Photo by Beth Jnr on Unsplash

Our daily routine, our homes and, literally, our entire life is flooded with plastic! Plastic in places and objects that we cannot even imagine, except for plastic bottles and containers. And the biggest trap is not which can be recycled or which is the proper way to put them in the recycling bins (always empty and washed without residues) but the fact that only 9% of plastic is recycled eventually*!

But what can we do in order to acknowledge and limit this reckless consumption and rejection of everyday plastics?

Below you will find some thoughts and suggestions that may widen your horizons give you ideas for an eco-friendlier life posture.


A very large percentage of plastic packaging – including the majority of non-recyclable packaging – relate to personal hygiene products. Plastic bottles of shampoo, shower gel and cream soap are some of the most obvious examples of plastic that overwhelm our bathroom. Thankfully, there are new products in the market, such as shampoo in the form of a soap bar (like the old, classic soap), which come from natural oils and ingredients but also require less product use. There are also dissolvable tablets that you can drop in water to make cream soap! As for the shower gel, there is always the solution of the classic soap bar. Another thought is to create your own homemade soap and shampoo based on aloe and essential oils.

The deodorant is a very tricky product too as its packaging is entirely plastic but not at all recyclable (leave aside that the empty packaging cannot be properly cleaned). Pick an alternative, such as deodorants in biodegradable or recyclable packaging, or even go for some new products such as deodorant bars or creams. Even razors can be replaced by the traditional multi-purpose razor in which you will only need to change the blade.

For sponges, hairbrushes and combs, there are alternatives from natural and biodegradable materials and now you can also find toothbrushes – mainly from sustainable bamboo – with replacement bristles. Just make sure the bristles of the brush are made of sustainable, natural materials. There are also new solutions for toothpaste and mouthwash such as dry toothpaste, powder or tablets. Another special product is the dental floss which ends up in the garbage and, although it looks small, its high volumes discarded in the bin as well as its plastic packaging contribute significantly to plastic waste! So, just choose silk dental floss which usually comes in packages without any plastic.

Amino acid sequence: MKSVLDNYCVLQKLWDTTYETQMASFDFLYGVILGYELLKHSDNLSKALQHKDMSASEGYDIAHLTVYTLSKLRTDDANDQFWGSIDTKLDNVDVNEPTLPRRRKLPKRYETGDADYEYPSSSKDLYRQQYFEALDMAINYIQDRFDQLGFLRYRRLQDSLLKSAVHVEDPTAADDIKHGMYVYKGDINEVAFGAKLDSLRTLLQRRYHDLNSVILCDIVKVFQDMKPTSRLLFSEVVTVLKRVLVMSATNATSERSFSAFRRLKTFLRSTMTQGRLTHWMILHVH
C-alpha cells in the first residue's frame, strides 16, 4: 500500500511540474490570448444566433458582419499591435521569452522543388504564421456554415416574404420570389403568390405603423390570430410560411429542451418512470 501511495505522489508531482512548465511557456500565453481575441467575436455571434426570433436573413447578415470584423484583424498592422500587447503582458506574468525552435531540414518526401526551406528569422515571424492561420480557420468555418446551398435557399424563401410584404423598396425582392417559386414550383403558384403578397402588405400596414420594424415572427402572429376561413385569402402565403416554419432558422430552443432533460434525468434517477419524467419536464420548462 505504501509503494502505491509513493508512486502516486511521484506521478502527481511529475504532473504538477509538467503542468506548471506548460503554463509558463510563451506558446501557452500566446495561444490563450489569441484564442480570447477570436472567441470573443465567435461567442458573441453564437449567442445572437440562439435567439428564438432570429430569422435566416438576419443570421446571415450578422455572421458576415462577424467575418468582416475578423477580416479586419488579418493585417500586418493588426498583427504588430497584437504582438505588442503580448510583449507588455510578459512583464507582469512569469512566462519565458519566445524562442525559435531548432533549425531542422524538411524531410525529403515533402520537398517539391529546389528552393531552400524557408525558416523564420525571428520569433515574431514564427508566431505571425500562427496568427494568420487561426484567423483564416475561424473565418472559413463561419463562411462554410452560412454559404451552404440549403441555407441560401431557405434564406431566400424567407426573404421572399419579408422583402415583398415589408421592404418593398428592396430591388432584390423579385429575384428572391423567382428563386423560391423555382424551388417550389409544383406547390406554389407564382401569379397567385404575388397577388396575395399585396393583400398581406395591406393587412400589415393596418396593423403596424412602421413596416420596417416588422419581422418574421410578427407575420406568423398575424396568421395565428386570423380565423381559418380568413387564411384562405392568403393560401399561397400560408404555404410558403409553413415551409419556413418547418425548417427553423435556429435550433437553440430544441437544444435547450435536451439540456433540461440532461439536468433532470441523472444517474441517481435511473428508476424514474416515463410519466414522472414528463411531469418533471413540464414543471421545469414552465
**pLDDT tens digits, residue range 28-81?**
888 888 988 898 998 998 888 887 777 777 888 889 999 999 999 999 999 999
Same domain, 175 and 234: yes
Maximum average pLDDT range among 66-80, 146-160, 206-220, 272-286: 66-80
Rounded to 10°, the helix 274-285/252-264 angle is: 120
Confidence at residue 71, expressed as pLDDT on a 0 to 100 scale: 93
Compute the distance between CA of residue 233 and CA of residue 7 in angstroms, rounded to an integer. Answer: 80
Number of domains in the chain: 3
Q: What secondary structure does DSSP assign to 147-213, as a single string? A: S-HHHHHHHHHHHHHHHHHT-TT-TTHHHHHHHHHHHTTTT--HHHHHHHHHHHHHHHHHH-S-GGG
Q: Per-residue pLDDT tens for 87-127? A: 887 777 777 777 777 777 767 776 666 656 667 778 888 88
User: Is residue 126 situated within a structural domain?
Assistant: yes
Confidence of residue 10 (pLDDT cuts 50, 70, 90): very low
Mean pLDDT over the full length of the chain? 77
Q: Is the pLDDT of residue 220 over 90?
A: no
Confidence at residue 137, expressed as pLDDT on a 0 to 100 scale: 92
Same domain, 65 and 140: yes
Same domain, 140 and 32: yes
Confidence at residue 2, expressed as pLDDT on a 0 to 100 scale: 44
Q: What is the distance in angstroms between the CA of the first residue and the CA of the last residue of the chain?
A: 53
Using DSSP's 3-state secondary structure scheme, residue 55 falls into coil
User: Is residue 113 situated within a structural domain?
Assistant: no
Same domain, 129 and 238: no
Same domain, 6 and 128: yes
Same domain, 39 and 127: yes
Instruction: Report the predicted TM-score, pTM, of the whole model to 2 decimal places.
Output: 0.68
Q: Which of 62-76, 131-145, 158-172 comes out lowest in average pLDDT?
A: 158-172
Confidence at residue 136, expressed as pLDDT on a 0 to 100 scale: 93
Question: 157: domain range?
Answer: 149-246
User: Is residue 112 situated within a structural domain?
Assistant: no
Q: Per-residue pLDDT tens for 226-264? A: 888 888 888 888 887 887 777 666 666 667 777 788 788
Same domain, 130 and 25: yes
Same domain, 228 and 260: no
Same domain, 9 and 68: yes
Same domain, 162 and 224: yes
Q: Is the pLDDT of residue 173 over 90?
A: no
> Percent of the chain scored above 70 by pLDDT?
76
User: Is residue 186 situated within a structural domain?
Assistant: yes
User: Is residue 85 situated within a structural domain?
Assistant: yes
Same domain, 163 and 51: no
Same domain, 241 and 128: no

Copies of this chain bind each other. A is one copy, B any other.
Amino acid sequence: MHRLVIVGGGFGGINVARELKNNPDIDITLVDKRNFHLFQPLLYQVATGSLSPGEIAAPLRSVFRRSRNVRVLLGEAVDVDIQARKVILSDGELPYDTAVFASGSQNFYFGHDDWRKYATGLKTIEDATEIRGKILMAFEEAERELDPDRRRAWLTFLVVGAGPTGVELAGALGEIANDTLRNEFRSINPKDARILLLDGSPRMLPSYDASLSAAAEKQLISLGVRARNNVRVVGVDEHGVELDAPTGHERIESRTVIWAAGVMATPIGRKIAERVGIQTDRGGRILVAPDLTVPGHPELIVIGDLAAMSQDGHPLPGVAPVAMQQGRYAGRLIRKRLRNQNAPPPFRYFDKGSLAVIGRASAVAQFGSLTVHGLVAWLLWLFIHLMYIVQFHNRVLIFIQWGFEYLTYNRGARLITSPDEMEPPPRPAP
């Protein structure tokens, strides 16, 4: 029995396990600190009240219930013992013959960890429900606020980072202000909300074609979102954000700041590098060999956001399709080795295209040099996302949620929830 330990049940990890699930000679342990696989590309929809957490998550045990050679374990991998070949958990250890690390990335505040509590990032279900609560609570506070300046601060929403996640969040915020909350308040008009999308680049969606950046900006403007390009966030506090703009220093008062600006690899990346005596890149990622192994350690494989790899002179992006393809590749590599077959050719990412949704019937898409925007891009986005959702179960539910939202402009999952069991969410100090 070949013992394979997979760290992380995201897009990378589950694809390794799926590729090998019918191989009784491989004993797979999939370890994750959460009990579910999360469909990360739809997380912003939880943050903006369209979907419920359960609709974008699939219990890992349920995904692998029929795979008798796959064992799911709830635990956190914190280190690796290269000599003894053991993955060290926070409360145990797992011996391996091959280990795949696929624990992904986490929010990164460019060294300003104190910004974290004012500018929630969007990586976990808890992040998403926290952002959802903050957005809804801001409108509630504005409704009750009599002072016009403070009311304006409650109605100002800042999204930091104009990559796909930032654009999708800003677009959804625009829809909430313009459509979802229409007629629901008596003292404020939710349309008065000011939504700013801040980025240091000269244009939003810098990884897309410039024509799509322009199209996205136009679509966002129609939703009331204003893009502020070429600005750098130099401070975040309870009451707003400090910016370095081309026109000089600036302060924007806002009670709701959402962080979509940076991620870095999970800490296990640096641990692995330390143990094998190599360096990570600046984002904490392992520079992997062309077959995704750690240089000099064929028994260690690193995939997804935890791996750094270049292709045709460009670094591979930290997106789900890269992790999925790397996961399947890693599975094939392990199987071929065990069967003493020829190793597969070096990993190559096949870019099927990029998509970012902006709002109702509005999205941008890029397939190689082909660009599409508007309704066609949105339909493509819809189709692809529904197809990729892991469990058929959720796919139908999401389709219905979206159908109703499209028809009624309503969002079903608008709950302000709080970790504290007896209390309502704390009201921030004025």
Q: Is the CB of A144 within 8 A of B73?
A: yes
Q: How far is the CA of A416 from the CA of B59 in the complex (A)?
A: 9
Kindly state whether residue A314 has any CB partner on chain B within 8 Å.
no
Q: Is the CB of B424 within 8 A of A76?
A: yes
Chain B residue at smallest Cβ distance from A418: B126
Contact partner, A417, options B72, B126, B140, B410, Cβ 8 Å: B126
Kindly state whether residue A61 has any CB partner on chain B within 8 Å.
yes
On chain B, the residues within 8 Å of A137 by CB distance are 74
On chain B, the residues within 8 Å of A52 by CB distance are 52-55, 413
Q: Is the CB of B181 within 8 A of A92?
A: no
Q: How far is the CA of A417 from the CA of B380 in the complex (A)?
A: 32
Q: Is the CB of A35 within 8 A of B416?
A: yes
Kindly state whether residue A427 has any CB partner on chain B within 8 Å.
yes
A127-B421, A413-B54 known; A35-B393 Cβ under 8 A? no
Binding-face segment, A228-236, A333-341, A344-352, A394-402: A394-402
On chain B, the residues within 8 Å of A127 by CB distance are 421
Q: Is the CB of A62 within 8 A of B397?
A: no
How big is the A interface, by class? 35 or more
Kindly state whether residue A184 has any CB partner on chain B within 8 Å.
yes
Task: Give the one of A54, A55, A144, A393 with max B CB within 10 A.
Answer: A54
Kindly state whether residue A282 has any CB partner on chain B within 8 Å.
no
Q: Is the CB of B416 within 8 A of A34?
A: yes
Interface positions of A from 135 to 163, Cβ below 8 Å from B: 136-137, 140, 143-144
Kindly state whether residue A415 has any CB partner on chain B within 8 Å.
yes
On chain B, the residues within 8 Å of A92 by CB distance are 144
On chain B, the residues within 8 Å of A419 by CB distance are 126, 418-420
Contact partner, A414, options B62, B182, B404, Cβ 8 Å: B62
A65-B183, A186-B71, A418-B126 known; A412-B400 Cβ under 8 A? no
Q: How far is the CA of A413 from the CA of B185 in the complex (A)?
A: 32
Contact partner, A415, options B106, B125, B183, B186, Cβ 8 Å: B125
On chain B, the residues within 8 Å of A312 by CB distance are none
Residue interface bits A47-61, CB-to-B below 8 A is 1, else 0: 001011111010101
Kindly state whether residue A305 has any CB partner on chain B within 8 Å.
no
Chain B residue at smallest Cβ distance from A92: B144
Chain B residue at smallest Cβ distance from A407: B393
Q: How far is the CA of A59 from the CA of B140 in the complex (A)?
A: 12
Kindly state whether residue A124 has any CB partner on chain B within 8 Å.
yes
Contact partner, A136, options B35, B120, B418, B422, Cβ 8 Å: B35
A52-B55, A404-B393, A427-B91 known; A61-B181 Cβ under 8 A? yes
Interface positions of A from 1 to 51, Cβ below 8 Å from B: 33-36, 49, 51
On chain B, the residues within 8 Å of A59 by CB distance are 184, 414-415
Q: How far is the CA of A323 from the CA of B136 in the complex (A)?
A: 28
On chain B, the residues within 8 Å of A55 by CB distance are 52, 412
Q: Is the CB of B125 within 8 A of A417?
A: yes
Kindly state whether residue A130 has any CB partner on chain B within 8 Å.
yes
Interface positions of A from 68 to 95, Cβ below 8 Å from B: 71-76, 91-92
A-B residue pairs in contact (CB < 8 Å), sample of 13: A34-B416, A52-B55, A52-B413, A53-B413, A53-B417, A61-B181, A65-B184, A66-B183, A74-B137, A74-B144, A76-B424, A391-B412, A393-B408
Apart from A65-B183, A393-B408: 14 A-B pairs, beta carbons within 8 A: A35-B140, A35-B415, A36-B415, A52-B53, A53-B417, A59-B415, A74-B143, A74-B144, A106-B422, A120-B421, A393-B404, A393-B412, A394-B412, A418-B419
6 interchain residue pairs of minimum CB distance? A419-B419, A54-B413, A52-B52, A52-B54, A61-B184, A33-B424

When it comes to women, menstrual products are a huge chapter. Sanitary pads and tampons contain large proportions of plastic per se but also come in plastic packaging. If we consider the volume of menstrual products used each month by the entire female population, it goes without saying that the plastic waste is huge (obviously non-recyclable!). In recent years, products such as reusable sanitary fabric pads, period underwear and even menstrual cups have emerged and do the work! Similar solutions exist for wet wipes (including baby wipes), which are not made of cloth or paper but from a mix of plastics.


Dishwashing sponges are one of the main problems as they are 100% plastic and need to be replaced quite frequently. Use alternatives such as sponges made of natural materials or reusable cloths and towels. Regarding cleaning liquids (detergents or dishwashing liquid) there are products similar to the ones mentioned about cream soap so that we both avoid plastic containers or replacement liquids (that also come in plastic packaging). You can also experiment with your own homemade products from natural materials to reduce the consumption of plastic and the disposal of chemicals in the sewer! Some new products are detergent strips that break down in the washing process and do all the work of a regular laundry detergent.

When it comes to house cleaning, products like Swiffer have made a huge revolution but, unfortunately, they are overwhelming landfills with a lot of plastic waste. Go for alternative dusting cloths that are washable and reusable, or even pieces of clothing that you no longer wear. It is both cheaper than constantly buying replacement dusting cloths and a more sustainable solution.

Sustainability as a mindset extends to all life aspects, including food, and in particular, to the packaging we buy food in – apart from the content obviously. Choose to buy bulk products with your own containers (e.g. for legumes, cereals, nuts, etc.) or, at the very least, pay a little more attention to the packaging in which the product you are buying is (biodegradable or recyclable). Also, try to reduce the plastic film and plastic bags with alternatives made of fabric or natural materials. And, of course, replace the plastic straws with paper or biodegradable ones!

These are just a few ideas and thoughts on how we can reduce the consumption and use of plastic in our daily lives. Stay tuned for more ideas!

Bonus tip: did you know that there are cell phone cases made from recycled natural materials?